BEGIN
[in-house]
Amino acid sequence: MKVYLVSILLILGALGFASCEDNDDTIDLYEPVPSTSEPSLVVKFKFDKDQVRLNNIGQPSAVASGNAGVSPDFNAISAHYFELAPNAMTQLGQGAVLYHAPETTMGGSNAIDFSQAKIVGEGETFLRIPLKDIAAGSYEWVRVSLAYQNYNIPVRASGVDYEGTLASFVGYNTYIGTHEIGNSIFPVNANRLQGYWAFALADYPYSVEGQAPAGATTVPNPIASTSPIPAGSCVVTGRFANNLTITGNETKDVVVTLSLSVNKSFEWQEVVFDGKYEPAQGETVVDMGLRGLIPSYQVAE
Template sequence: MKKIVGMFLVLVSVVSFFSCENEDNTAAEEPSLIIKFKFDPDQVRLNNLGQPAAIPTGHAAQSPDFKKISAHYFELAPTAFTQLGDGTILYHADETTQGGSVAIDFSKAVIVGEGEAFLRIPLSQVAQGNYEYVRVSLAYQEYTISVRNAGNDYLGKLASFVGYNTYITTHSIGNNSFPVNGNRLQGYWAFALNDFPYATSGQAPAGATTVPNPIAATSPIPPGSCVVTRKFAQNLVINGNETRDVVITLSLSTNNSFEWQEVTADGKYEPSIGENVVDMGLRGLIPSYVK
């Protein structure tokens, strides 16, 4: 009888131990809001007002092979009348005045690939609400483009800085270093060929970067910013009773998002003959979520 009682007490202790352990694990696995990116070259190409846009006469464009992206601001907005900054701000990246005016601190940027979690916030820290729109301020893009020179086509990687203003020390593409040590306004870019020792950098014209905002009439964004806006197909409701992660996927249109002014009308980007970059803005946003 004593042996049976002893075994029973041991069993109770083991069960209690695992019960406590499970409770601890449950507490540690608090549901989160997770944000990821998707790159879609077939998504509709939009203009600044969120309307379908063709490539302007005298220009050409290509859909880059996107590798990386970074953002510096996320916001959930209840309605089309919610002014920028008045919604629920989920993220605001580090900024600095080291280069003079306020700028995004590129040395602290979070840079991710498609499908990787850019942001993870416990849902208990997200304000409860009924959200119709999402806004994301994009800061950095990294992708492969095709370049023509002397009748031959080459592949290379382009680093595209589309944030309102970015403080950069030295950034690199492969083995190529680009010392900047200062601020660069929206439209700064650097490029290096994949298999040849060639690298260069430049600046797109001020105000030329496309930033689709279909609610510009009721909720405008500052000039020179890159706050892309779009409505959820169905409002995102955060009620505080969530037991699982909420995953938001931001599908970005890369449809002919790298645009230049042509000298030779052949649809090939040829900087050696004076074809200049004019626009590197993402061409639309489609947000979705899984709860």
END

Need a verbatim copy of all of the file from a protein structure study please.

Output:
[in-house]
Amino acid sequence: MKVYLVSILLILGALGFASCEDNDDTIDLYEPVPSTSEPSLVVKFKFDKDQVRLNNIGQPSAVASGNAGVSPDFNAISAHYFELAPNAMTQLGQGAVLYHAPETTMGGSNAIDFSQAKIVGEGETFLRIPLKDIAAGSYEWVRVSLAYQNYNIPVRASGVDYEGTLASFVGYNTYIGTHEIGNSIFPVNANRLQGYWAFALADYPYSVEGQAPAGATTVPNPIASTSPIPAGSCVVTGRFANNLTITGNETKDVVVTLSLSVNKSFEWQEVVFDGKYEPAQGETVVDMGLRGLIPSYQVAE
Template sequence: MKKIVGMFLVLVSVVSFFSCENEDNTAAEEPSLIIKFKFDPDQVRLNNLGQPAAIPTGHAAQSPDFKKISAHYFELAPTAFTQLGDGTILYHADETTQGGSVAIDFSKAVIVGEGEAFLRIPLSQVAQGNYEYVRVSLAYQEYTISVRNAGNDYLGKLASFVGYNTYITTHSIGNNSFPVNGNRLQGYWAFALNDFPYATSGQAPAGATTVPNPIAATSPIPPGSCVVTRKFAQNLVINGNETRDVVITLSLSTNNSFEWQEVTADGKYEPSIGENVVDMGLRGLIPSYVK
């Protein structure tokens, strides 16, 4: 009888131990809001007002092979009348005045690939609400483009800085270093060929970067910013009773998002003959979520 009682007490202790352990694990696995990116070259190409846009006469464009992206601001907005900054701000990246005016601190940027979690916030820290729109301020893009020179086509990687203003020390593409040590306004870019020792950098014209905002009439964004806006197909409701992660996927249109002014009308980007970059803005946003 004593042996049976002893075994029973041991069993109770083991069960209690695992019960406590499970409770601890449950507490540690608090549901989160997770944000990821998707790159879609077939998504509709939009203009600044969120309307379908063709490539302007005298220009050409290509859909880059996107590798990386970074953002510096996320916001959930209840309605089309919610002014920028008045919604629920989920993220605001580090900024600095080291280069003079306020700028995004590129040395602290979070840079991710498609499908990787850019942001993870416990849902208990997200304000409860009924959200119709999402806004994301994009800061950095990294992708492969095709370049023509002397009748031959080459592949290379382009680093595209589309944030309102970015403080950069030295950034690199492969083995190529680009010392900047200062601020660069929206439209700064650097490029290096994949298999040849060639690298260069430049600046797109001020105000030329496309930033689709279909609610510009009721909720405008500052000039020179890159706050892309779009409505959820169905409002995102955060009620505080969530037991699982909420995953938001931001599908970005890369449809002919790298645009230049042509000298030779052949649809090939040829900087050696004076074809200049004019626009590197993402061409639309489609947000979705899984709860």